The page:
You're going to have to understand what a normal is in order to calculate the reflection vector on collison. Fortunately, it's not very hard to understand. For the math heads out there, I'm going to be a little imprecise, so please don't beat me up over it. :)

A normal is simply a unit vector (unit: having magnitude = 1) that's orthogonal (at a 90-degree angle) to a surface. You can visualize a normal as an arrow sticking straight out of a surface. Since your walls aren't slanted, figuring out the normals for them is easy (assuming the top-left corner of your screen is 0,0 here):

```
top: (0,1)
bottom: (0,-1)
left: (1,0)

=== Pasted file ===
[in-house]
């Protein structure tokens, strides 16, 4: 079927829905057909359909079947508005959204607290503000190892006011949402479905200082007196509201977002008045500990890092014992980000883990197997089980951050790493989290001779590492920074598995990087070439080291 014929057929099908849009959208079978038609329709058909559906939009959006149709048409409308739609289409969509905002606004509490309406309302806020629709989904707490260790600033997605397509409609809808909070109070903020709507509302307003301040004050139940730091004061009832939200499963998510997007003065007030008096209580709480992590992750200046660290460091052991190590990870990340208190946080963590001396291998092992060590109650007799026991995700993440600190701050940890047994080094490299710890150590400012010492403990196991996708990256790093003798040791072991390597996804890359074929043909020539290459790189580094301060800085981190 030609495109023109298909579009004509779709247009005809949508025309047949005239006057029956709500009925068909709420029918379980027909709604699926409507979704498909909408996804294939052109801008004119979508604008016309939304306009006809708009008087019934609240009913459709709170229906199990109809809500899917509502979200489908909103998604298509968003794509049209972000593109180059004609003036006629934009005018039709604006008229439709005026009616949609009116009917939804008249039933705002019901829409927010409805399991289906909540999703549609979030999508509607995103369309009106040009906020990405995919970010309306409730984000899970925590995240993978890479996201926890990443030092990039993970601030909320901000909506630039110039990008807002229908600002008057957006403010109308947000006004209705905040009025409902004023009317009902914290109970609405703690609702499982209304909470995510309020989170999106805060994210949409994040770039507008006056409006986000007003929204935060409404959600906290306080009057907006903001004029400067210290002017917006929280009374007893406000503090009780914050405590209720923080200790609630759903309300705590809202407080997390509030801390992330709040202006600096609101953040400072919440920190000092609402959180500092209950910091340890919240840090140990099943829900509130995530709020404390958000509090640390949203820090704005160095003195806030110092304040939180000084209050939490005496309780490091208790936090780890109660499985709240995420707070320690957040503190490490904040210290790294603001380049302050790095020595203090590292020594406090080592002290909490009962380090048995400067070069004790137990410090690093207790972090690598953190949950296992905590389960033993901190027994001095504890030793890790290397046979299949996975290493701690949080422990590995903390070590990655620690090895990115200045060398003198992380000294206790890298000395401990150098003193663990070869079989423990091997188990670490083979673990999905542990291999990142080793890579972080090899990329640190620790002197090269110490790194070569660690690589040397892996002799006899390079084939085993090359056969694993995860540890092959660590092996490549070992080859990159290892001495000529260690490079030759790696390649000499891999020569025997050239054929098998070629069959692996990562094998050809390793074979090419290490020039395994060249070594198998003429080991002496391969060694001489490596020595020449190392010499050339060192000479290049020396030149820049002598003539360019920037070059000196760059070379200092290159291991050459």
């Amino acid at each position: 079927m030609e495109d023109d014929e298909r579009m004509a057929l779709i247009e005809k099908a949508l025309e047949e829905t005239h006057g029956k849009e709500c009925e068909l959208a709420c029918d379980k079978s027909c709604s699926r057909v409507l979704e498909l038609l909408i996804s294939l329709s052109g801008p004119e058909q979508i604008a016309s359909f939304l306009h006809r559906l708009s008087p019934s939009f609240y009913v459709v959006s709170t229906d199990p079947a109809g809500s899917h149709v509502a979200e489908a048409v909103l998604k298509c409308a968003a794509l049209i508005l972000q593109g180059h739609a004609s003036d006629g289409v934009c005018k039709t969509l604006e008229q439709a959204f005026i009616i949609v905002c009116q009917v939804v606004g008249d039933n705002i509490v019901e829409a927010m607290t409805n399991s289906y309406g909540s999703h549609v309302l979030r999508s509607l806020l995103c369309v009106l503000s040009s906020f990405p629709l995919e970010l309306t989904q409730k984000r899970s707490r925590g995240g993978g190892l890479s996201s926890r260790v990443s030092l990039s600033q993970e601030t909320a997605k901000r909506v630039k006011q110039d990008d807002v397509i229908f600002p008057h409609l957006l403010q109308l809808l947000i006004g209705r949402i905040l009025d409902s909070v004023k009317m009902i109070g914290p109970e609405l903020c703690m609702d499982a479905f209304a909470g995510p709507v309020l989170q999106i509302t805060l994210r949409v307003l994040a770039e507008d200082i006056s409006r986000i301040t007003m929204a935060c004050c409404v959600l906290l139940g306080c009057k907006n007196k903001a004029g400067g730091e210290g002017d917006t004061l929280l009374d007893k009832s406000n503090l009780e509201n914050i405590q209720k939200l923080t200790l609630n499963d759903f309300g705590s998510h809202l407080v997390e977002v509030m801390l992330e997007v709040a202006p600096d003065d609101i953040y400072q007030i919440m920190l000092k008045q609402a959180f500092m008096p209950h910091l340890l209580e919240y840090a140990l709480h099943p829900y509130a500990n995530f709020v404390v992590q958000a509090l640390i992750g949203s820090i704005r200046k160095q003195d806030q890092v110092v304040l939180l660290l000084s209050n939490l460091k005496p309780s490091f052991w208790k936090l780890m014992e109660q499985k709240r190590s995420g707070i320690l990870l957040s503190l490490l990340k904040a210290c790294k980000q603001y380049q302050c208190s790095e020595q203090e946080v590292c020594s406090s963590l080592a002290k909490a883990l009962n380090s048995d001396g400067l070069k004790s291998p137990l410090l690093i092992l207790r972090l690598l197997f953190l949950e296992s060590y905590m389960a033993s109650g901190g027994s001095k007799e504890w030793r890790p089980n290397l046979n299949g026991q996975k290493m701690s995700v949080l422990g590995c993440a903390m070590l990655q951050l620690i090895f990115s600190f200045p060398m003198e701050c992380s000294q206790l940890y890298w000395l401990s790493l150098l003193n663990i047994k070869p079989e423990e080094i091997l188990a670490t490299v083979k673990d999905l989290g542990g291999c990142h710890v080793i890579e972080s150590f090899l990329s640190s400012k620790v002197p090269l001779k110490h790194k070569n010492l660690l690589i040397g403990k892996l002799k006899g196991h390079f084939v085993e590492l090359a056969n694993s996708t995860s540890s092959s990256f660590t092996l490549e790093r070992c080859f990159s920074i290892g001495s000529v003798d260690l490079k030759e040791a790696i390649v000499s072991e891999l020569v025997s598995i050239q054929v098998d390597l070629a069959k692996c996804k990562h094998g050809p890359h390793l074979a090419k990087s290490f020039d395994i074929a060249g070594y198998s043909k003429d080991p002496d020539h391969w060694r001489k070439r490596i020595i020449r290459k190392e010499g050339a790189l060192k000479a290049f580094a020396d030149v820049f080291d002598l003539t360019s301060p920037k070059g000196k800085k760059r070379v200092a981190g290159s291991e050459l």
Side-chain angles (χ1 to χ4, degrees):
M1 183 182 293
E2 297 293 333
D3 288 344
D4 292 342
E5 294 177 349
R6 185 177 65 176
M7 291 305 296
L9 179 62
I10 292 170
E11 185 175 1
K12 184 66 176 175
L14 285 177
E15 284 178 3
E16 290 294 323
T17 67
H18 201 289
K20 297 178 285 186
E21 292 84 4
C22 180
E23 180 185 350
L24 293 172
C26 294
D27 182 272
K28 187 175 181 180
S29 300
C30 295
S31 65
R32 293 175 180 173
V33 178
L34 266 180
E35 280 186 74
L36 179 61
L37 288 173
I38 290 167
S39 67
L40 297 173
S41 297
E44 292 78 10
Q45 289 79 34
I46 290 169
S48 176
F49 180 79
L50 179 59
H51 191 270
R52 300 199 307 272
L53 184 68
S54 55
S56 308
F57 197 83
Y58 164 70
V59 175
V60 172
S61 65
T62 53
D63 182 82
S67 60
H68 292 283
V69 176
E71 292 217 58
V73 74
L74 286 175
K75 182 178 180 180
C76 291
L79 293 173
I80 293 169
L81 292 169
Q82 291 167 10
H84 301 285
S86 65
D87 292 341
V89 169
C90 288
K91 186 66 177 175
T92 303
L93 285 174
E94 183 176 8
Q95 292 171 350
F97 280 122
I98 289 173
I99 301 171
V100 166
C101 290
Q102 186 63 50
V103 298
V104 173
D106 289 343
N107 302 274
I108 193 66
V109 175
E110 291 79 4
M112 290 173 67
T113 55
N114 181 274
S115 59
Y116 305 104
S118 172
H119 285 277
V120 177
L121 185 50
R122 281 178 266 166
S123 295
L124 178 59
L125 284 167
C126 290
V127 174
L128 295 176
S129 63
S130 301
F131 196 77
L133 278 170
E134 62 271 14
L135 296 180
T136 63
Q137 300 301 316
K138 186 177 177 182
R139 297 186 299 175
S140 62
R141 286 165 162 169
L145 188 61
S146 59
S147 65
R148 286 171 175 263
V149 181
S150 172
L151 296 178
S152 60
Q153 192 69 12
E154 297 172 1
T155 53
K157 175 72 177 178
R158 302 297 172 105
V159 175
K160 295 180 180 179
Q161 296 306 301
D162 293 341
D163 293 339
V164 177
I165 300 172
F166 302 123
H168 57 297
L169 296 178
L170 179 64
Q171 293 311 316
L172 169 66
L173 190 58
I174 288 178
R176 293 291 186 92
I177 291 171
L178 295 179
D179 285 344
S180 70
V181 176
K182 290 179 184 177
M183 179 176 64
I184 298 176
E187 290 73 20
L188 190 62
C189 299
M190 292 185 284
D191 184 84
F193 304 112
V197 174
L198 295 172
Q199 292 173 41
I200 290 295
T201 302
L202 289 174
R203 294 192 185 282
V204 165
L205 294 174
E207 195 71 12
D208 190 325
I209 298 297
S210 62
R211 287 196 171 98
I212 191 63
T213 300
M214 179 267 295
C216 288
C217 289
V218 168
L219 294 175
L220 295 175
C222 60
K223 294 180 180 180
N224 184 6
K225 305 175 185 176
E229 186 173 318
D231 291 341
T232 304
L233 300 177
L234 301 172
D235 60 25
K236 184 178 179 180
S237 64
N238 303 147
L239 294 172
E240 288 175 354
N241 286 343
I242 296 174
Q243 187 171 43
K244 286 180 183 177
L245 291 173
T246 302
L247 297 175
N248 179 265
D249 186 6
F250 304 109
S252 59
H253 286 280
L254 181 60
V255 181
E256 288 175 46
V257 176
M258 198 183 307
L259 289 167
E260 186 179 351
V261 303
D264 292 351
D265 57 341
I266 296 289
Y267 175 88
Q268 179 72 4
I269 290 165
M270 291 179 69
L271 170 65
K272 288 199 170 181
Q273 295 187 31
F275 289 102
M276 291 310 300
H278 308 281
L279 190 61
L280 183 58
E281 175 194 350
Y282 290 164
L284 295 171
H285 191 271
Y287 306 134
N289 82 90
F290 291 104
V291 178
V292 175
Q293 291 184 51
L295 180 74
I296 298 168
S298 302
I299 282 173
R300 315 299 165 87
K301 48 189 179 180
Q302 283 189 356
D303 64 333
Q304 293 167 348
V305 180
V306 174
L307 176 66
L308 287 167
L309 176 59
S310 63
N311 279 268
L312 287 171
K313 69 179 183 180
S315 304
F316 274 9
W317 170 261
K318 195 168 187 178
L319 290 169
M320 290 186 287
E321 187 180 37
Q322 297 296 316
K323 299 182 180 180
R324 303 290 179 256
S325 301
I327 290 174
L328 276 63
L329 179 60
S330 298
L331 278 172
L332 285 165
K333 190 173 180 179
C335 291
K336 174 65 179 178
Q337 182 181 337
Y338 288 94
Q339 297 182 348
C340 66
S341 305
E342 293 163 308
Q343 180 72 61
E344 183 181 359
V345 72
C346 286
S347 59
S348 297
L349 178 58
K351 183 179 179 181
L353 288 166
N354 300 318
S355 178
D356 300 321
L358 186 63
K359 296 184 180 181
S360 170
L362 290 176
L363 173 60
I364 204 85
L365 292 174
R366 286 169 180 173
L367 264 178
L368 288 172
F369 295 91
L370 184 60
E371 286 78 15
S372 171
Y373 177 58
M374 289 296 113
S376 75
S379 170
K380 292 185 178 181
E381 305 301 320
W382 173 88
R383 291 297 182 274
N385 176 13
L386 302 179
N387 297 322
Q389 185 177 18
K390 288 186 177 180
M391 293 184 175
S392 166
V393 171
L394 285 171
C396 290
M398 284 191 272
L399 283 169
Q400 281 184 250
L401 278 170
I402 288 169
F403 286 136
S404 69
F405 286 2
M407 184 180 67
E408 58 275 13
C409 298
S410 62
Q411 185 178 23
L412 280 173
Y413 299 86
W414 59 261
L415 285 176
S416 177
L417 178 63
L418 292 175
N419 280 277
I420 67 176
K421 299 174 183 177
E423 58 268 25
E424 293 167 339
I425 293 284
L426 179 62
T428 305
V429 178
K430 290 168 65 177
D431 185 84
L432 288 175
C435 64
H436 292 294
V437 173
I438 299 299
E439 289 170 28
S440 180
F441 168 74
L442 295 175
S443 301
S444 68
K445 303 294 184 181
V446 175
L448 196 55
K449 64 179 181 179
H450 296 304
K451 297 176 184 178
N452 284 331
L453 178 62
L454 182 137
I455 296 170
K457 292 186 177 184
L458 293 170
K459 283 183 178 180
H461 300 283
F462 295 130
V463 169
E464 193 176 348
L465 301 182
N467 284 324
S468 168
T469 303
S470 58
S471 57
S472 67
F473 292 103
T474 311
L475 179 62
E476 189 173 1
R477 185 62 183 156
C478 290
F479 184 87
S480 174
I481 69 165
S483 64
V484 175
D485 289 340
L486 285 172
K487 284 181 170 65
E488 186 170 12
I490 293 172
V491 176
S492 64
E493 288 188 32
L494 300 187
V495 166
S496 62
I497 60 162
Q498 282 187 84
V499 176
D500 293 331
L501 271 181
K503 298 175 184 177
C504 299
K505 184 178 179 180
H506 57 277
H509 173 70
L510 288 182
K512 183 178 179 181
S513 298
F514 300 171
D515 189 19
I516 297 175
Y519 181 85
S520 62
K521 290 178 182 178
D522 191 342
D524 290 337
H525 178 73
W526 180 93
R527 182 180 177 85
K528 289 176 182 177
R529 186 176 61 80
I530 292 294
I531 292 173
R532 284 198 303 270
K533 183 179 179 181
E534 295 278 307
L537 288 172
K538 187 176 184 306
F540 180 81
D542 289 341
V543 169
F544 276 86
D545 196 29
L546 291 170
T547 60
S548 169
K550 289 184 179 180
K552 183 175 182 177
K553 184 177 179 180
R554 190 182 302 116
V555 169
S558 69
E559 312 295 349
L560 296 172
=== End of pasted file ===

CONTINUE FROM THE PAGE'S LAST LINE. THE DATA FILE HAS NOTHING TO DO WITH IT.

right: (-1,0)
```

What we need to do is take the velocity of your ball and "reflect" it along the normal vector for the wall that you hit. The formula for reflection is the following:

```
V2 = V1 - 2*N*(N.dot(V1))
```

Where V1 is your incident vector (your old velocity in this case), N is the normal for the wall that we hit, and V2 is your reflected vector (your new velocity). "N.dot(V1)" is the "dot product" of N and V1, which is just (N.x*V1.x + N.y*V1.y).

A picture from Wikipedia of what we're doing (P is the incident vector, Q is the reflected vector):

Here's the whole thing in psuedocode:

```
float nx = 0, ny = 1; // replace these with the normal of the wall you hit
float ix = ball.vx, iy = ball.vy; // incident vector
float dotprod = (nx*ix + ny*iy); // the dot product i mentioned earlier
ball.vx = ix - 2*nx*(dotprod);
ball.vy = iy - 2*ny*(dotprod);
```

Let me know if anything's unclear. :) Also, while this is kind of overkill for the walls, you will need to compute the normal when you do ball-ball collisions, so it's not a total waste...